Who is he?

Joe Lanning is one of the Admissions Counselors, as well as Assistant Director of Admissions in charge of on-campus events and the involvement of current students in admissions counseling and recruitment. He manages events such as the Spring Open Campus and leads the Meridian Society, our student recruiters and tour guides.

A 2000 alumnus, Lanning majored in anthropology and minored in women’s studies. He is currently finishing his master’s degree in global history, as well as recruiting and helping to select the future undergraduates at the university.

What did you do when you graduated?

“Two weeks after I graduated I left for Africa. I spent two years and a few months working as an HIV/AIDS educator in Malawi, a small country in central Africa. I was there as a Peace Corps volunteer working as a teacher in a secondary school and local health center.

I also worked with small scale farmers on an irrigation project with the aim of increasing the harvests.

We worked to diversify their diets and the quality of the agricultural production through the use of Permaculture, a sustainable method of agriculture using natural inputs, composite, local seeds, plants and trees instead of imports or hybrid seeds.”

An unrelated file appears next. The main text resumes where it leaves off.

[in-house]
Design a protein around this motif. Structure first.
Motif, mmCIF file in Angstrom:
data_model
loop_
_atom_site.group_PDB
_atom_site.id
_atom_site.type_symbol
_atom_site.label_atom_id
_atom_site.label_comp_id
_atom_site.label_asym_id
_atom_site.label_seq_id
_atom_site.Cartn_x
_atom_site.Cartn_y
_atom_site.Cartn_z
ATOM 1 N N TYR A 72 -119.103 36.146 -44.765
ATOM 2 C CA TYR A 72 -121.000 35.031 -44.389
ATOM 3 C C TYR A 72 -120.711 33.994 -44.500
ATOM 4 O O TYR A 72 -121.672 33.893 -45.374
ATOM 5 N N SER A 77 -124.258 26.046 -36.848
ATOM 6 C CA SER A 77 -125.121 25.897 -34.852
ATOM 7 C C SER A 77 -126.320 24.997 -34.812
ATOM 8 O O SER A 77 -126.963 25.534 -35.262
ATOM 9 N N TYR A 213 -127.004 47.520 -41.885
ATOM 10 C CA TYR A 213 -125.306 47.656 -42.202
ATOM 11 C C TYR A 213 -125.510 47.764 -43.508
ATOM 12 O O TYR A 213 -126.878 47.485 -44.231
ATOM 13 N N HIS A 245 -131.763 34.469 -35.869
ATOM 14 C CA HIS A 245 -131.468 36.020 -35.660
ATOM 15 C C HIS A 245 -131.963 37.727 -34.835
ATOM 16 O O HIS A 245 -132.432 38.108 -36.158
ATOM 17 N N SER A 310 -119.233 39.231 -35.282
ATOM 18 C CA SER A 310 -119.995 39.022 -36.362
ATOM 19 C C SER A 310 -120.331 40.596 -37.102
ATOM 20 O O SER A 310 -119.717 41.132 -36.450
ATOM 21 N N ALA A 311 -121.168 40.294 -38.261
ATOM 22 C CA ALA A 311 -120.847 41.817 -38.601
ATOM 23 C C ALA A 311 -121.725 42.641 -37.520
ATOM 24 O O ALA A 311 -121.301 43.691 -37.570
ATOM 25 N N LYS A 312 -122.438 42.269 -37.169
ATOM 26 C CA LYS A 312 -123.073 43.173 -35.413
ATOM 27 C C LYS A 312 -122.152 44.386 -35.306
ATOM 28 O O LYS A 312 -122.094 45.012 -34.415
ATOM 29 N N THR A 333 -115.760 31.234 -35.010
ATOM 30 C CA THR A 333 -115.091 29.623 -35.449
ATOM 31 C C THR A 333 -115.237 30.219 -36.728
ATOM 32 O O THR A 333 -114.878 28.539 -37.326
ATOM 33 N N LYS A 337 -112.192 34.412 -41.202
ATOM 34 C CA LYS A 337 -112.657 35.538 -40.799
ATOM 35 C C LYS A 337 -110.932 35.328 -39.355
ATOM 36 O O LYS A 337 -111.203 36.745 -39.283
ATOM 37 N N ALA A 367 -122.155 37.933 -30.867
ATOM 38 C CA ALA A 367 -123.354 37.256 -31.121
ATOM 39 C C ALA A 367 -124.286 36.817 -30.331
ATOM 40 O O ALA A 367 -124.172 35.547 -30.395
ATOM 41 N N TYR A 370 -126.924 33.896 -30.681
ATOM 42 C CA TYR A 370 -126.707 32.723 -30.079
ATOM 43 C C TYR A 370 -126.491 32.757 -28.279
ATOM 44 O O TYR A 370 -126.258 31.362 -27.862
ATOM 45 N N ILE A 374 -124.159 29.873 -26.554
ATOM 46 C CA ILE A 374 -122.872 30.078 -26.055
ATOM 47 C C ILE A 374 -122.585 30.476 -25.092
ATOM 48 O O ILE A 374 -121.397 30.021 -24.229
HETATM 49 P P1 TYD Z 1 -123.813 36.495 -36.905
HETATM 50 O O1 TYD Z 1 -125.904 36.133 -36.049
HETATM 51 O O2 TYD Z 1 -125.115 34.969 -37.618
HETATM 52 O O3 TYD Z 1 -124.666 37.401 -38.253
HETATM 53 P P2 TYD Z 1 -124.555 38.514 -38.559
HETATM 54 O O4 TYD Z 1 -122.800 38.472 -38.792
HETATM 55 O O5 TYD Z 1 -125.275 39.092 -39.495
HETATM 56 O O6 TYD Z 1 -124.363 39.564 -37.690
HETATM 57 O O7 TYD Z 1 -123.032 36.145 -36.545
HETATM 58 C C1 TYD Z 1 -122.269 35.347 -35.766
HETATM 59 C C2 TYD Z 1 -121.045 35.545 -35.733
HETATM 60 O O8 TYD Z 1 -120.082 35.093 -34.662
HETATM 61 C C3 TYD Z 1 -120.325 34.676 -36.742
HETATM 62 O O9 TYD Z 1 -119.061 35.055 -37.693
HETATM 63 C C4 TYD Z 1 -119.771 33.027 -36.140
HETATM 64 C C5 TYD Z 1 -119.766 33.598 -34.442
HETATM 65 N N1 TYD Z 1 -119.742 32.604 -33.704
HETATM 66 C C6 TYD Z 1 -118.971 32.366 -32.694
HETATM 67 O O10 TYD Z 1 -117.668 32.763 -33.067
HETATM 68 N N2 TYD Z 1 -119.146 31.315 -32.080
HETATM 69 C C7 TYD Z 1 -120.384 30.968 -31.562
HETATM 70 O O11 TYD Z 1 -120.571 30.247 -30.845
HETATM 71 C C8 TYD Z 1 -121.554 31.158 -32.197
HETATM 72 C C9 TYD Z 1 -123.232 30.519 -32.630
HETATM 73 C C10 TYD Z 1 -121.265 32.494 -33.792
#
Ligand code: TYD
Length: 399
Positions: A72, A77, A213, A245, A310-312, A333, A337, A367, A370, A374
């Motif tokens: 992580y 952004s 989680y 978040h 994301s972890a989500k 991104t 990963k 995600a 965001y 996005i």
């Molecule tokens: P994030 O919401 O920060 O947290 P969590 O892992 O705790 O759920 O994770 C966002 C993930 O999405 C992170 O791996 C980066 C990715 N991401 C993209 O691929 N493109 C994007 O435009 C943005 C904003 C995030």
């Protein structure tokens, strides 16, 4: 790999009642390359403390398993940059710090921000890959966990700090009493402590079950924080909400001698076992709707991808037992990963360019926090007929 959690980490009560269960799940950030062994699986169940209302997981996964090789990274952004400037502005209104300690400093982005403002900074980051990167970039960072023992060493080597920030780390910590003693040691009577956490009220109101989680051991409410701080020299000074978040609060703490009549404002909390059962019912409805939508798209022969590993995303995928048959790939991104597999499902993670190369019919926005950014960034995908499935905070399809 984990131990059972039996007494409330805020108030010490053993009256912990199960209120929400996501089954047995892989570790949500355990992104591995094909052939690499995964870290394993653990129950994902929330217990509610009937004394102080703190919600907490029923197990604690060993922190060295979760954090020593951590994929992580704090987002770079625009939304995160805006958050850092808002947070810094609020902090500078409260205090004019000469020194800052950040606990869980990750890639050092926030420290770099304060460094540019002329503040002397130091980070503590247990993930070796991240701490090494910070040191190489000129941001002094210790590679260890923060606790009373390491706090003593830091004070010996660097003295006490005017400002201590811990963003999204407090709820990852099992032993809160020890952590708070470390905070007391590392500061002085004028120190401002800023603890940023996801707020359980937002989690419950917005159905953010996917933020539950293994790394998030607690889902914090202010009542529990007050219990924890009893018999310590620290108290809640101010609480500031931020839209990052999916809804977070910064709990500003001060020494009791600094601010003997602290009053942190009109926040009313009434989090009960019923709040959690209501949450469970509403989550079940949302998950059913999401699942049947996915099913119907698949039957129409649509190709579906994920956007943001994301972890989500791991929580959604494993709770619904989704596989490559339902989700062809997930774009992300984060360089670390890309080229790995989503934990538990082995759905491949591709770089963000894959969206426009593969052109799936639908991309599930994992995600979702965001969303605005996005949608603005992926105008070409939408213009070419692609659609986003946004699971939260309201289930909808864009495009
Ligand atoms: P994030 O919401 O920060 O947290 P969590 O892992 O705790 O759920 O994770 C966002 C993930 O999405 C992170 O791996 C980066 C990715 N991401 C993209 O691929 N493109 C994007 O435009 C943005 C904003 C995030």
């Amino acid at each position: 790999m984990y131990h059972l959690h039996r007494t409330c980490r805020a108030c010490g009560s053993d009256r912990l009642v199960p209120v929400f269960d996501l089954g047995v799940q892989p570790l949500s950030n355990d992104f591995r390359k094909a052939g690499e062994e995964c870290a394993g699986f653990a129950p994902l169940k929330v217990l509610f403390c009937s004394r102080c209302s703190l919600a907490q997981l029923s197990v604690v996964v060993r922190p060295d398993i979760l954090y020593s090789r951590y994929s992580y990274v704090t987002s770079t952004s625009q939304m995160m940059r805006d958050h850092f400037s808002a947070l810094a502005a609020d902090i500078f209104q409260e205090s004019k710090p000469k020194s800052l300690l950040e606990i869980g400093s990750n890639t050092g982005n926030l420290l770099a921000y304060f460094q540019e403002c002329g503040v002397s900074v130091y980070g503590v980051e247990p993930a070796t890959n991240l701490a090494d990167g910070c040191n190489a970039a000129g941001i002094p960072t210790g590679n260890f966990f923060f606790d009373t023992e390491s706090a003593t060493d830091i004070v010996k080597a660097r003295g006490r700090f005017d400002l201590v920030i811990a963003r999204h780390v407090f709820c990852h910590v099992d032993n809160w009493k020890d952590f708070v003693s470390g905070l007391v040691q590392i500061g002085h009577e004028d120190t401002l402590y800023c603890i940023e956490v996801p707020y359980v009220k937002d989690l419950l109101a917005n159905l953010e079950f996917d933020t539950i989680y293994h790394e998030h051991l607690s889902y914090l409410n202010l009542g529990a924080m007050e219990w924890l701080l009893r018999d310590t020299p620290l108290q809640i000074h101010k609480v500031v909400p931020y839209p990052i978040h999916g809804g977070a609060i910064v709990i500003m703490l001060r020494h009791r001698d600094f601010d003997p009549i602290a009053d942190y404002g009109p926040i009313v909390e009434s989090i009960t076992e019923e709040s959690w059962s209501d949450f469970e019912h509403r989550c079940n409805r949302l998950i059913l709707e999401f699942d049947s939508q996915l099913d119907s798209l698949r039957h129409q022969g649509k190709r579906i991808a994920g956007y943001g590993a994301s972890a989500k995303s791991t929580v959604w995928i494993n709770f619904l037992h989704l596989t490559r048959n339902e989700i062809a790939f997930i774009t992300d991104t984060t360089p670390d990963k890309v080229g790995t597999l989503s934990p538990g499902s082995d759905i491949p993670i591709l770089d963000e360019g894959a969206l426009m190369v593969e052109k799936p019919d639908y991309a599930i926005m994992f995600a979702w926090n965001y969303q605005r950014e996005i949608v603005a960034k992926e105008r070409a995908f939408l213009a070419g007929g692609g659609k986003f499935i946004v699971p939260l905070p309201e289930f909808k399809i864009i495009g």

Rumor has it you started a non-profit organization for the women of Malawi. Can you tell me more about it?

“The rumors are true. My junior year at UR I studied abroad in Kenya doing a research project on gender disparity in the education system. I was looking at why I was seeing classrooms with 100 kids in them and often fewer than 10 girls.

When I got back I wanted to do something to work against the financial and societal issues that were keeping young women, especially orphans, from being able to pursue secondary school education.

I looked at some of the big non-profit organizations and was quickly frustrated by the exorbitant administrative costs that were scraped off the top of my personal donations. Working with UR faculty, current students and some alumni, I incorporated an organization called the World Education Fund that works to help orphaned girls in parts of Africa get back into the classroom.

We now offer scholarships to help students pay school fees in areas that do not offer free secondary schooling.